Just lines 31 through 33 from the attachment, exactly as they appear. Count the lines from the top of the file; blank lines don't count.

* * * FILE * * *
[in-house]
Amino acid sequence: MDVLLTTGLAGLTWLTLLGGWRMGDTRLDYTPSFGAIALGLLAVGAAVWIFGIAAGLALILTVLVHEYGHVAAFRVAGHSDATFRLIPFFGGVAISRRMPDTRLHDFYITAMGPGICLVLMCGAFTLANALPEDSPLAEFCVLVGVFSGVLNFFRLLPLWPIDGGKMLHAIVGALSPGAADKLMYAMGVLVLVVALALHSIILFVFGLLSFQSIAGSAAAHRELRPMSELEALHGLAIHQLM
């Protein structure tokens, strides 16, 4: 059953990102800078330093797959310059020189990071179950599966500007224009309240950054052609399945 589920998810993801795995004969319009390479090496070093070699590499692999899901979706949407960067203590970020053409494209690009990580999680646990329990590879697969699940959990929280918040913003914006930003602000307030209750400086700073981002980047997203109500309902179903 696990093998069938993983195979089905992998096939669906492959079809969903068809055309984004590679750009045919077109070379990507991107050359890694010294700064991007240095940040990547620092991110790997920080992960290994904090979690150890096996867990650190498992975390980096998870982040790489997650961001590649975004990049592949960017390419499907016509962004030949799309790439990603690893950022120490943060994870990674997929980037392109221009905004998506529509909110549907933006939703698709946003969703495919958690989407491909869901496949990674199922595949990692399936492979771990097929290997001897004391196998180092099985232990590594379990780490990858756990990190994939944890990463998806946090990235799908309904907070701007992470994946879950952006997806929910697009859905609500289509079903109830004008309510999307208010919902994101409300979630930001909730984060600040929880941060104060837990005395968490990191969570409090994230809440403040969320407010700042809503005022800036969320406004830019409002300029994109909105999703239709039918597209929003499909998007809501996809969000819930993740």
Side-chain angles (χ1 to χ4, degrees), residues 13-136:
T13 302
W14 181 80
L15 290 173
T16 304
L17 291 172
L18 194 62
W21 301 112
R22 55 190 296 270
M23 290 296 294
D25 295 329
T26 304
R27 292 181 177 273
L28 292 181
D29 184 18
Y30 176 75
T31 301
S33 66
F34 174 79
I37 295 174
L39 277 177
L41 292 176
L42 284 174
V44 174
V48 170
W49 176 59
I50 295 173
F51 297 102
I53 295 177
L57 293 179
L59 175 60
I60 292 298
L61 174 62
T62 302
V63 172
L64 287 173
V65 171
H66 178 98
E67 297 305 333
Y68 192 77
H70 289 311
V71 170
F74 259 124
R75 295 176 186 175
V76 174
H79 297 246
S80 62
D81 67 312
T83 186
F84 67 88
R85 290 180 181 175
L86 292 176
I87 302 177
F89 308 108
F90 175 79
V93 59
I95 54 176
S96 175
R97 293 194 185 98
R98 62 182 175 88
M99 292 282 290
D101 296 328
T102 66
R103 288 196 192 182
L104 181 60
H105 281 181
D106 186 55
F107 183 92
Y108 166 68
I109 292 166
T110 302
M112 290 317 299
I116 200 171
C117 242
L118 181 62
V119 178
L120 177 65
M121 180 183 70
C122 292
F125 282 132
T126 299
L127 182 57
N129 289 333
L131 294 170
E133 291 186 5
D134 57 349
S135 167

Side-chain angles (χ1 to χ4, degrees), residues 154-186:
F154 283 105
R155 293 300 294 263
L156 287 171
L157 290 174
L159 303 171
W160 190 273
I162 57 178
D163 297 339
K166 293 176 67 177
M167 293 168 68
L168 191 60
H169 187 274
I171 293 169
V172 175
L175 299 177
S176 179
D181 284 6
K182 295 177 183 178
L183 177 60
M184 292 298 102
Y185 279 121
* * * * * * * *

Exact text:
F51 297 102
I53 295 177
L57 293 179